Awe-inspiring Northern flying squirrels

Northern flying squirrels are among our most interesting wild neighbours.

Although they are quite common in Central Alberta, their nocturnal lifestyle means that they are seldom encountered by humans. Some bird feeding enthusiasts report seeing them dining at their bird feeders after dark (they love sunflower seeds) and there are reports of them taking up residence in bluebird or duck nest boxes. One fellow bluebird trail operator reported getting a very vicious bite last summer when he put his hand into one of his bluebird boxes to check the box contents.

The box contained a flying squirrel family and Ma was determined to protect her babies. A fellow naturalist has also documented the fascinating noctual activities of flying squirrels with the use of a thermal imager. The squirrels, which show up as red dots on the imager screen, can be seen leaping great distances between tree branches.

Despite their name, flying squirrels can’t actually fly. Rather, their patagia (unique membranes that stretch between their front and back legs) enable them to glide with ease. Apparently, they have been recorded gliding up to 100 m. They bob their head up and down and from side-to-side before launching themselves and, once airborne, steer with their forelegs and use their flattened tail as a rudder.

The flying squirrels’ large ears and huge, black and glossy eyes enable them to navigate easily in their night world. They are omnivorous, dining on nuts, seeds, berries, insects and tree buds as well eggs and nestlings.

Gregarious by nature, they will often roost with other individuals in a roosting cavity.

Several years ago, I found the tail of a flying squirrel in my yard, the only piece left of an individual that had likely been killed by a neighbourhood cat. I remember stroking the flattened tail, amazed at how incredibly soft and delicate it was.

More recently, I’ve had the opportunity to encounter flying squirrels in natural cavities and nest boxes. It is incredible to be able to gaze into those massive black eyes!

Don Auten of Ponoka recently captured an amazing image of a gliding flying squirrel. This rare image catches the squirrel with its patagia outstretched, just before it lands on a tree trunk. Some interesting video clips and additional images of flying squirrels, including others by Mr. Auten, can be found on my blog (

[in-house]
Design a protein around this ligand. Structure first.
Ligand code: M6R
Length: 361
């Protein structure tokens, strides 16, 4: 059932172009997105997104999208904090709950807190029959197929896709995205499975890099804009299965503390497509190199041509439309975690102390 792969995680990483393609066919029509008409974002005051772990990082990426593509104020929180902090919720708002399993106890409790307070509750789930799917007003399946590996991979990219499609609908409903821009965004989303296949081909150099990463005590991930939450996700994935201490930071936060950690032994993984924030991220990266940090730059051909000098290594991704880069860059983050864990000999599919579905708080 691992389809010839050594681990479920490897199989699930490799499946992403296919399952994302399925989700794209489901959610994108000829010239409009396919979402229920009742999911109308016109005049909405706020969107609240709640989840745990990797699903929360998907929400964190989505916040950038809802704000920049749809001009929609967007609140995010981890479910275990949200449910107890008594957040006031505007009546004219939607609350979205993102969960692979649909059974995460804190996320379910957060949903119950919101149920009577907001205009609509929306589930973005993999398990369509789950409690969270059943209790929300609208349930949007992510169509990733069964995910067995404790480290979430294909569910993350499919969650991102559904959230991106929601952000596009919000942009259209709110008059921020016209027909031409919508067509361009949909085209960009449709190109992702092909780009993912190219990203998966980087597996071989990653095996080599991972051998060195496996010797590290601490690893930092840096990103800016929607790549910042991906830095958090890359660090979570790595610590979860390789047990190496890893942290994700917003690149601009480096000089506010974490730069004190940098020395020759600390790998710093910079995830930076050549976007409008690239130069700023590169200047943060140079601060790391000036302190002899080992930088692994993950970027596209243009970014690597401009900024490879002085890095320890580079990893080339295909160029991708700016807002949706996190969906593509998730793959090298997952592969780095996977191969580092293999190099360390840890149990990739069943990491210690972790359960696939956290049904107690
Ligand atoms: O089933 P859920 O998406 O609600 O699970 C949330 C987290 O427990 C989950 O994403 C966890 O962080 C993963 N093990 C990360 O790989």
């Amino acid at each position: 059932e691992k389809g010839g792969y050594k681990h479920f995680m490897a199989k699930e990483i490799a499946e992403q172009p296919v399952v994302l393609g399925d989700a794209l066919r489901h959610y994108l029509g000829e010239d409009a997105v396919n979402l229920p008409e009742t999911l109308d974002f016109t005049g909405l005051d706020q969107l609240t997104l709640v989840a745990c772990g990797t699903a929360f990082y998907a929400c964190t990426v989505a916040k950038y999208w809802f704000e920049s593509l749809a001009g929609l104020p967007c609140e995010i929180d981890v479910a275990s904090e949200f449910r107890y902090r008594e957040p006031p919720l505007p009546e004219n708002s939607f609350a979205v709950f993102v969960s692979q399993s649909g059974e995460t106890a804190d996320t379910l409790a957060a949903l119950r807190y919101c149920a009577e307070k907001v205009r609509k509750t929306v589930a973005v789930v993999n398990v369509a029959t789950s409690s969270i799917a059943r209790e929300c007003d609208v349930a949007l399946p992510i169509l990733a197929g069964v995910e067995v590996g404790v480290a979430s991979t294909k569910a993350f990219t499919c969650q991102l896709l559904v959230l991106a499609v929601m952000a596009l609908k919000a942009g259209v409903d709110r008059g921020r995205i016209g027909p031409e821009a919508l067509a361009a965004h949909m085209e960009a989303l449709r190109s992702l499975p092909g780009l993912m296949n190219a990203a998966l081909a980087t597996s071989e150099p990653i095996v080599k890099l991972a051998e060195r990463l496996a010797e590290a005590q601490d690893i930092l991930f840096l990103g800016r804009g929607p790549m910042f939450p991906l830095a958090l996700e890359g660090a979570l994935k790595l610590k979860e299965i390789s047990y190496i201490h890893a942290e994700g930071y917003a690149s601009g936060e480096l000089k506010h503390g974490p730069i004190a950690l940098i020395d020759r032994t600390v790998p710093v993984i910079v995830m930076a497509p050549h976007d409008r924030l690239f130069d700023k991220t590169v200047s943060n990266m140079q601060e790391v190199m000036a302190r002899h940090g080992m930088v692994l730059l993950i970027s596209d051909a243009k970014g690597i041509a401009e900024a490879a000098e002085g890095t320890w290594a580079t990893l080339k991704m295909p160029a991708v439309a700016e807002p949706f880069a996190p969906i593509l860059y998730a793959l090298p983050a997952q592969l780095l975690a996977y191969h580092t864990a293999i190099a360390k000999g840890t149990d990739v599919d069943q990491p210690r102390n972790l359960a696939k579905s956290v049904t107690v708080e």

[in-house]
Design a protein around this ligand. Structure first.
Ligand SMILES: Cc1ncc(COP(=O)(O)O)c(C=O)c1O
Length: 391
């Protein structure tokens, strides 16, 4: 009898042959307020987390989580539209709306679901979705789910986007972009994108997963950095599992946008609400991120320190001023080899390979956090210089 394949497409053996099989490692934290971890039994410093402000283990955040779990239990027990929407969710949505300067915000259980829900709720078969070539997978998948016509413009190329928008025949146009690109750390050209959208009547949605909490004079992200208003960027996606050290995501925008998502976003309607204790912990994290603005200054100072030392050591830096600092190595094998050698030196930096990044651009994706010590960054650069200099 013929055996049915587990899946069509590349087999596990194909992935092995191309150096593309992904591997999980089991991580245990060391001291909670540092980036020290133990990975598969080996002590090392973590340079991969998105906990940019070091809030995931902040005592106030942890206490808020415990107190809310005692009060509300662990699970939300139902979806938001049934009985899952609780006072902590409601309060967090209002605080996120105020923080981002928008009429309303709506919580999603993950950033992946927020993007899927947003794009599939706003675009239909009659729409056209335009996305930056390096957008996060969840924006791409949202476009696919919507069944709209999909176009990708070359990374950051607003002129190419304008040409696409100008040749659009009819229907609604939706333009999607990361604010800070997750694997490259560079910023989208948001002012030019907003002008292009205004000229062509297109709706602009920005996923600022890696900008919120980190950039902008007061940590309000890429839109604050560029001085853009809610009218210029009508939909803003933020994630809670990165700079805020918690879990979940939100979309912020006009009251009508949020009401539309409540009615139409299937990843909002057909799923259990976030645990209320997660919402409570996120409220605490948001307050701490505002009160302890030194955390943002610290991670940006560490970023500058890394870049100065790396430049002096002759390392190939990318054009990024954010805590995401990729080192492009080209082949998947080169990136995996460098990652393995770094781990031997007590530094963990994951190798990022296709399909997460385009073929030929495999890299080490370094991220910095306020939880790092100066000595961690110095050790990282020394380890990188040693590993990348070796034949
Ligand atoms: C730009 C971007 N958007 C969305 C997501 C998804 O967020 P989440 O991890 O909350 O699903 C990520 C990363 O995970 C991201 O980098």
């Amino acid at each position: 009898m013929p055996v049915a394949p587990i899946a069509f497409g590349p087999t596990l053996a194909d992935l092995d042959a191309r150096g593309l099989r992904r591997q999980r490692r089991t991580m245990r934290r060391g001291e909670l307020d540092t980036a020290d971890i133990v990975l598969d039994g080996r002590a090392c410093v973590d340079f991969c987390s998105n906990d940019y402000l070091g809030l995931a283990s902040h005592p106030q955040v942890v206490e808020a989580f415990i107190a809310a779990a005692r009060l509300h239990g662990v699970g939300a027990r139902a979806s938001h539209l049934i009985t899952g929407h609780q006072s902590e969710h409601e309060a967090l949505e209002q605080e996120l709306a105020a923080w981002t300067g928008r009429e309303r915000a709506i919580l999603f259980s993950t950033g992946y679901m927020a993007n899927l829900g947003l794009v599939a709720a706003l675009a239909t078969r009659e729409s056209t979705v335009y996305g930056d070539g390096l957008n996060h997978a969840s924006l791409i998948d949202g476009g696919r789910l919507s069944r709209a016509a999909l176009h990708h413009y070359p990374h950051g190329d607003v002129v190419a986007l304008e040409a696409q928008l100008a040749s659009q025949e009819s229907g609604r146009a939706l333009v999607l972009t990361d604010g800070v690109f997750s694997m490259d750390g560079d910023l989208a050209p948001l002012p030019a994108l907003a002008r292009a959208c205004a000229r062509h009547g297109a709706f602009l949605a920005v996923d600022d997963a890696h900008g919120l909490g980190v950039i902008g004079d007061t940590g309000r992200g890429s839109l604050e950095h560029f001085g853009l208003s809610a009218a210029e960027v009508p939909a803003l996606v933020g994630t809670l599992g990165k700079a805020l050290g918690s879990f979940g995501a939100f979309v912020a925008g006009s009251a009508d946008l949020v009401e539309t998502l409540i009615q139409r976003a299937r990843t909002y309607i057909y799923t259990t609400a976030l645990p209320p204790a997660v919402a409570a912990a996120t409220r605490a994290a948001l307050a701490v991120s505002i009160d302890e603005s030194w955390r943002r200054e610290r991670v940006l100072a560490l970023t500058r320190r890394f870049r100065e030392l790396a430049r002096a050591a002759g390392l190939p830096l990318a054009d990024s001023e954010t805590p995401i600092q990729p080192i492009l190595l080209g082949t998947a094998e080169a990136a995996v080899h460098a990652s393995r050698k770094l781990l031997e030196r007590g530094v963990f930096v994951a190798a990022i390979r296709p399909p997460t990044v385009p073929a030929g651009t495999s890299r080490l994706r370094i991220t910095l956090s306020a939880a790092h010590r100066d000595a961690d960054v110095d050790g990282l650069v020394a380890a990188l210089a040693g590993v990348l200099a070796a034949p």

Myrna Pearman is the Biologist at Ellis Bird Farm. She can be reached at

Just Posted

Alberta’s biathlon women sweep the podium

Alberta biathletes take four medals, including silver in men’s race, on Sunday

Red Deer songwriter draws on winter, childhood to write Games closing ceremonies song

Kayla Williams is excited to perform ‘Something Right’ March 2 at the Centrium.

House in Calgary destroyed in fire following apparent explosion, officials say

CALGARY — A house was destroyed when a fire broke out following… Continue reading

Historic win for Team Nunavut at Canada Winter Games

Four years in the making boiled down to a collection of firsts… Continue reading

Historic win for Team Nunavut at Canada Winter Games

Four years in the making boiled down to a collection of firsts… Continue reading

Chicago police: Jussie Smollett assault case has ‘shifted’

Chicago police said Saturday the investigation into the assault reported by Jussie… Continue reading

Still-active human rights case speaks to lasting homophobia in Canada: activists

ST. JOHN’S, N.L. — Just over 14 years ago, the government of… Continue reading

Alberta missionaries among the Canadians heading home from riot-stricken Haiti

MONTREAL — A Canadian couple who had to leave Haiti due to… Continue reading

Man charged in daughter’s death in hospital with self-inflicted gunshot wound: police

Police say a man charged with first-degree murder in the death of… Continue reading

Cabinet expected to extend deadline to reconsider Trans Mountain pipeline

OTTAWA — Canada’s energy regulator will tell the federal government this week… Continue reading

South African activists try to protect endangered pangolins

JOHANNESBURG — As World Pangolin Day is marked around the globe, Saturday,… Continue reading

Fourteen ‘dream’ homes ordered evacuated as sinkholes open in Sechelt, B.C.

Greg and Gerry Latham spent Friday morning scrambling to pack up family… Continue reading

Former B.C. premier Gordon Campbell accused of sexual assault: British newspaper

LONDON — A British newspaper says police in London are investigating an… Continue reading

Most Read